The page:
It’s no secret that Jim Leavitt wanted to be a head coach, and that he wanted to be Oregon’s head coach after Willie Taggart left for Florida State in 2017.
Instead, Oregon’s players rallied their support behind Mario Cristobal. Leavitt swallowed his pride and remained as Oregon’s defensive coordinator, enticed by a new contract that made him the highest-paid assistant coach in the Pac-12 at $1.7 million per year.
The arrangement was awkward from the start. Leavitt’s salary and experience put him on almost equal footing with Cristobal, but Cristobal made it clear he wasn’t interested in having a co-head coach.
“In this business and every industry, there’s one head coach and one CEO,” Cristobal said last spring.
As Cristobal’s first season unfolded, Leavitt was virtually cropped out of the family picture. The Ducks promoted Keith Heyward and Joe Salave’a as co-defensive coordinators, even though they already had one of the highest-paid coordinators in the country.
> Related: Oregon will pay up to $2.5 million to part company with Ducks defensive coordinator Jim Leavitt
Leavitt rarely spoke to the media and seldom showed up with the rest of the staff on recruiting visits. Even his quirky Twitter presence seemed oddly muted.
So it wasn’t a surprise when word surfaced Wednesday that Leavitt was moving on as Oregon’s defensive coordinator. My sense is that Cristobal gave Leavitt every opportunity to land a head coaching job and, when that didn’t happen, decided to pull the plug on a strained relationship.
If this was Cristobal’s call, it could end up being one of the most consequential of his tenure at Oregon. Leavitt was eccentric and a bit maniacal, but anyone who watched Oregon’s defense under Don Pellum and Brady Hoke can attest to the improvement that occurred on his watch.
Oregon’s defense wasn’t quite championship-caliber, and you could argue the Ducks underachieved by finishing 55th in total defense this past season. But they ended the year on a high note by holding Michigan State without a touchdown in the Redbox Bowl, and they're set to add some talented pieces for 2019.
I’m not sure it’s a great reflection on either guy that they couldn’t find a way to make things work. Oregon announced a settlement Thursday worth up to $2.5 million, about half of what Leavitt was owed for the remaining three years on his contract. That's a steep price to do something they could have done for free last year by letting Leavitt walk and installing Heyward as their defensive coordinator.
At the time Leavitt signed that contract, Oregon was reeling from Taggart’s departure and trying to salvage momentum in any way possible. On the face of it, promoting Cristobal wasn’t a splashy hire. But coupled with Leavitt’s return, Oregon could sell the package deal as a reason to be confident about the future.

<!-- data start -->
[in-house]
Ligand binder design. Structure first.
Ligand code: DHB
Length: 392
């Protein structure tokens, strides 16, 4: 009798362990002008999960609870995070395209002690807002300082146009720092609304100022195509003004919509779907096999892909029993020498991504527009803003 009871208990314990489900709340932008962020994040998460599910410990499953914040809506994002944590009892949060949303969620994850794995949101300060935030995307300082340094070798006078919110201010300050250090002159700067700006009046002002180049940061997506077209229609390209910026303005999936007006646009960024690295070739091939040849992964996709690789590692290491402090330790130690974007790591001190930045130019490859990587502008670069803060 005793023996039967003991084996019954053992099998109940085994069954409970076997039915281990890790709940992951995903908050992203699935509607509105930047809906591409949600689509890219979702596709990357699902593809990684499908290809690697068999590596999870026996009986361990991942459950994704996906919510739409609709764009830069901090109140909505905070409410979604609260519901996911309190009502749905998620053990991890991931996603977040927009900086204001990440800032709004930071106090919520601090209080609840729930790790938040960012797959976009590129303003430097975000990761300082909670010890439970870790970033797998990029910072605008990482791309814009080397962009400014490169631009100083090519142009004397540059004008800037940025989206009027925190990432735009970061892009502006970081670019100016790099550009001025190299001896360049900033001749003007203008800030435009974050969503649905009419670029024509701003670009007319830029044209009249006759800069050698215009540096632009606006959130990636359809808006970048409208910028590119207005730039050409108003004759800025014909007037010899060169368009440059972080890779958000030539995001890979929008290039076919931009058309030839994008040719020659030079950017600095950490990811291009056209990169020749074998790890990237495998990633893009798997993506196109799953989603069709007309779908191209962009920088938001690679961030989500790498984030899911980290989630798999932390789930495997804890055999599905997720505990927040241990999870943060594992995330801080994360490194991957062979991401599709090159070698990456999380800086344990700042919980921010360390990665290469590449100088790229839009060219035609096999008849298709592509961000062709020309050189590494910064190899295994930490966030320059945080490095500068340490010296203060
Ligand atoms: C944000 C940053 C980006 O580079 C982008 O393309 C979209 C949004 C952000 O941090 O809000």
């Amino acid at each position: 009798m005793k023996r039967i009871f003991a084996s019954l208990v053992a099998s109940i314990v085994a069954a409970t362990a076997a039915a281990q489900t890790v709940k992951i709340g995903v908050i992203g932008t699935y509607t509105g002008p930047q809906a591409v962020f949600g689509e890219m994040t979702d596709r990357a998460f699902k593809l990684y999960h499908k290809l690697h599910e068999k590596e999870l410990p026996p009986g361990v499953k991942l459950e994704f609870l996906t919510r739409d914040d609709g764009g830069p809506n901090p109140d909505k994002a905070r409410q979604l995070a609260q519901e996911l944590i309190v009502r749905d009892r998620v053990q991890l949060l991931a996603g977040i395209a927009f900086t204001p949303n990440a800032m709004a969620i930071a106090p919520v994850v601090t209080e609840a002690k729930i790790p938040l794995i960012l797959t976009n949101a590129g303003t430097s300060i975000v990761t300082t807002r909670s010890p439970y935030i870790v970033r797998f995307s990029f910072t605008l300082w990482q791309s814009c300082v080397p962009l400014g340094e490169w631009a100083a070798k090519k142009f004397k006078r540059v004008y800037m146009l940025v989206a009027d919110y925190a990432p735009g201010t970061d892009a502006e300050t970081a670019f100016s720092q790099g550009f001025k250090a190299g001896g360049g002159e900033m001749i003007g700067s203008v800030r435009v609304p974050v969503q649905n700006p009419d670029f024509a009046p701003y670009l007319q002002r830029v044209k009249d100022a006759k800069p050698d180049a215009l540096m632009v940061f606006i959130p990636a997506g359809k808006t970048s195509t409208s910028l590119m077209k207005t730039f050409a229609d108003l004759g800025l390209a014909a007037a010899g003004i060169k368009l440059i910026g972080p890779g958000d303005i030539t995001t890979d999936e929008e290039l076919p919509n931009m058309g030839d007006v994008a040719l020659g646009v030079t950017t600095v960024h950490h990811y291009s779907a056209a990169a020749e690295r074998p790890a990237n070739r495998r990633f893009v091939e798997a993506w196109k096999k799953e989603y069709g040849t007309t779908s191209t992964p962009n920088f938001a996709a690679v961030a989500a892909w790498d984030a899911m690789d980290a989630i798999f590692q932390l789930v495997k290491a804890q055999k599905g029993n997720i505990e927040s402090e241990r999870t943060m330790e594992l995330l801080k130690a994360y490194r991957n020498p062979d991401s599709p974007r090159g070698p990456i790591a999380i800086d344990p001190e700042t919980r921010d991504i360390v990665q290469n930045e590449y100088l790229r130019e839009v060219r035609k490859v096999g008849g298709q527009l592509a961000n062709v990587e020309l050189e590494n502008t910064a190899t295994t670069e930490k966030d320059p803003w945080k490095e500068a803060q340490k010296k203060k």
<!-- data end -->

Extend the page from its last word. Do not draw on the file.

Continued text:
Even if Cristobal had reservations, he wasn’t in a position to argue. Oregon was offering him the opportunity of a lifetime. A year later, after a nine-win season and a top-10 recruiting class, Cristobal has more clout to shape his staff as he sees fit.
This feels like Cristobal’s move all the way. When I spoke to athletic director Rob Mullens several weeks ago, he seemed satisfied with what Oregon was getting from its $1.7 million investment. But he also acknowledged that Cristobal would be the one to decide whether the arrangement was working.
“It’s the head coach’s decision,” Mullens said before the Redbox Bowl. “We’ve seen our defense absolutely contribute to an 8-4 year. Jim’s done a nice job. They’re so focused on recruiting and bowl prep, but yes, I think we’re set with both Mario and Jim.”
I get the sense Cristobal cashed in some capital to make this happen. If he’s right, and Heyward takes Oregon’s defense to another level, no one will hold this against him. But if the Ducks dip even a little bit, people will shake their heads and wonder why two millionaires couldn’t coexist in the same building.
I’m sure Cristobal had his reasons for wanting to go in a different direction. They may be good reasons. Remember Mark Helfrich’s revolving door at defensive coordinator? That shows you how important it is to have the right guy in that job.
So if this change allows the Ducks to move forward in a unified direction, it could be the right one. The fear is that it makes Oregon’s staff a little more insular, a little more resistant to the outside ideas that will help the Ducks ascend to the next level.
Cristobal has obvious strengths as a recruiter and a leader of men. But he strikes me as a coach who needs to surround himself with the right people, assistants who can help him with his blind spots.
Was Leavitt one of those people? Maybe not. Maybe the two were oil and water. Maybe Leavitt’s open desire to be a head coach become a distraction. Maybe Cristobal felt Leavitt’s Pepsi-guzzling persona was overshadowing the team.
All I know is, Oregon promised Leavitt a lot of money to stay as a defensive coordinator, only to cut ties with him a year later. For better or for worse, this is Cristobal's show and the buck stops with him.
There’s only one head coach. It’s never been more apparent than it is today.